8. rapier says:

    Why? Can’t any area of gamesmanship remain? That said and out of left field, tires are too important in Moto GP. I think less power and less speed via less displacement would be all to the good and might reduce the importance of tires and put more on the riders who end up spending too much effort in managing their tires, instead of racing their opponents.

    • mickey says:

      they tried that with the change to the 800cc bikes a few years ago and the riders ended up going faster

    • EGS says:

      Go back to the formula of 125 / 250 / 500cc engines with NO restrictions on development and NO electronic rider aids. What’s old is new again.

      • Dave says:

        We don’t even need to go back to 2-strokes. Moto 2 shows how successful “low-tech” racing can be. Removing traction aids on the big bikes would be a very interesting exercise, but I don’t see it changing much on the results sheet.

        Hopefully we get more like we did this season. A greater variety of riders and teams managed to accomplish wins than in any season I can remember.

        As for the tire choices? I say, “who cares?”. Riders should be able to keep that secret from their competitors if they want to and we don’t need to know. It’s not even discussed in the other classes.

        I’d be more interested in knowing the *real* differences between the Factory and Satellite bikes.

      • Scott says:

        “…NO restrictions on development and NO electronic rider aids…”

        Isn’t that just a little bit contradictory?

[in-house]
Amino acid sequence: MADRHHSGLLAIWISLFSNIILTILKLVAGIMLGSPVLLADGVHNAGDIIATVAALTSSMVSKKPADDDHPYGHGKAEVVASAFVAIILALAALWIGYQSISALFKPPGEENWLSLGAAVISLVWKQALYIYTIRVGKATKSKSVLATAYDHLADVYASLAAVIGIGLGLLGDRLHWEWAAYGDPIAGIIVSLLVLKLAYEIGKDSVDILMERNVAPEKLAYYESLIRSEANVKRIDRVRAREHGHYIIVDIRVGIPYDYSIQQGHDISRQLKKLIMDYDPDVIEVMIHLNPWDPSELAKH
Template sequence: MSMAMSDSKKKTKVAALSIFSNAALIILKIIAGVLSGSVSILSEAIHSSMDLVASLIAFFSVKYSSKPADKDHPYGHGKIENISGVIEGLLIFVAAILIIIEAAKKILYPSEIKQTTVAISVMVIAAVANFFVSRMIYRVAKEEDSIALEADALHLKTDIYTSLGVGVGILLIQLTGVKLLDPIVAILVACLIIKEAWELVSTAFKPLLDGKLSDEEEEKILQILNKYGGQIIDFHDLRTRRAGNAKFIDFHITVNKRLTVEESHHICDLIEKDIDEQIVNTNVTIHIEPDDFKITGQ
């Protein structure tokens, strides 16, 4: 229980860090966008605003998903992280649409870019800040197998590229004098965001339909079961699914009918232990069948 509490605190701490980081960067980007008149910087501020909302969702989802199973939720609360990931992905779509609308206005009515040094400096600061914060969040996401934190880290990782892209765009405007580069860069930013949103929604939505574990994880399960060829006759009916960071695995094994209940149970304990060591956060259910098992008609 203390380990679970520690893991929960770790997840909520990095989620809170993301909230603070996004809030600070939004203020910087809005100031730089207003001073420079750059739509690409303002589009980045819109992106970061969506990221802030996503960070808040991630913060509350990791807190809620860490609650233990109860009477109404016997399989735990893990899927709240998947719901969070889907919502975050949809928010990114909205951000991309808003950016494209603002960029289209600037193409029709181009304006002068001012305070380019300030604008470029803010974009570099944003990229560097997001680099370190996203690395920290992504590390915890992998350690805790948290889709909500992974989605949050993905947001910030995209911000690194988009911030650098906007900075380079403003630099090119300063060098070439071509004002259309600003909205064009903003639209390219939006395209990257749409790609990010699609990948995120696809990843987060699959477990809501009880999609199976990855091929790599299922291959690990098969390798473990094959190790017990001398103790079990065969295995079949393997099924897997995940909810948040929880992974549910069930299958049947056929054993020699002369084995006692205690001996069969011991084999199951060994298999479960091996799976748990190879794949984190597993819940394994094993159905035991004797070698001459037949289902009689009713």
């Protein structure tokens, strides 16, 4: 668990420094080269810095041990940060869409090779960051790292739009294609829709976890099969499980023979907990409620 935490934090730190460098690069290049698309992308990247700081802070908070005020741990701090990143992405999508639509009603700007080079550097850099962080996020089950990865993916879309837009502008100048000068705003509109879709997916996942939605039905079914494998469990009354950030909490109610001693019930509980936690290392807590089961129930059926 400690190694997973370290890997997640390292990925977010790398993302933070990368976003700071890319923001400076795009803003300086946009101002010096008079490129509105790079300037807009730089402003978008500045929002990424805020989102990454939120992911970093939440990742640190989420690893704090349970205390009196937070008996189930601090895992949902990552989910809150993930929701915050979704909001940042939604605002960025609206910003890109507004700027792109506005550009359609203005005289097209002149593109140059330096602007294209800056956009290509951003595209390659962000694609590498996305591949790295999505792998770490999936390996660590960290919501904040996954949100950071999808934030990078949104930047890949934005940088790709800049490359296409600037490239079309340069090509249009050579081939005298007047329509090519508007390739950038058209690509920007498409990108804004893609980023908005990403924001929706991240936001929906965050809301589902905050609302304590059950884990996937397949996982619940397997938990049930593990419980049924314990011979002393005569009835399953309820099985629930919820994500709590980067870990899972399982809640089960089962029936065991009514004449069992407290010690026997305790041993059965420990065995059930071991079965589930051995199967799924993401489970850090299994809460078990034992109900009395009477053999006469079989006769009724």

• Dave says:

          Even without the contradiction it’s a firm “no”. Been there, done that. It nearly killed the sport completely.

    • Aussie M says:

      “put more on the riders who end up spending too much effort in managing their tires, instead of racing their opponents.”

      I agree. I want to see the riders going flat out for the entire race instead of backing off to conserve tires. Another solution would be to use harder more durable tires. It would mean lower corner speeds but who cares. It should be all about the riders battling their hardest. More durable tires would probably make the bikes slide around more, and that would be great for the spectacle.

      • todd says:

        Tires that last longer aren’t necessarily more durable or less grippy. They just happen to have thicker tread.

      • Jeremy in TX says:

        Whether tires are more durable or not, the result is the same. They’ll fade over the course of the race. Riders that currently choose the harder option tires are backing off at the beginning of the race while they wait for the tires to heat up. I think that tire choice and management is an interesting part of the race.

        • Aussie M says:

          “Riders that currently choose the harder option tires are backing off at the beginning of the race while they wait for the tires to heat up.”

          The riders on hard tyres are not backing off early in the race. They are riding at the limit of what the tyres have to offer. The harder tyres are more consistent throughout the race. The soft tyres have a lot more grip but lose it towards the end of the race, especially if the rider has pushed them to the limit early in the race.

          • Jeremy in TX says:

            They are always riding at the limit of the tires no matter what. We all know they are not backing off in the literal sense. We just mean that the threshold of traction is not at 100%.

          • Norm G. says:

            re: “We all know they are not backing off in the literal sense.”

            no you’re right, they ARE backing off. you have to. it’s either that or find yourself upside down in the gravel with gas pouring out the tank. Iannone knows what i’m talking about (Willis).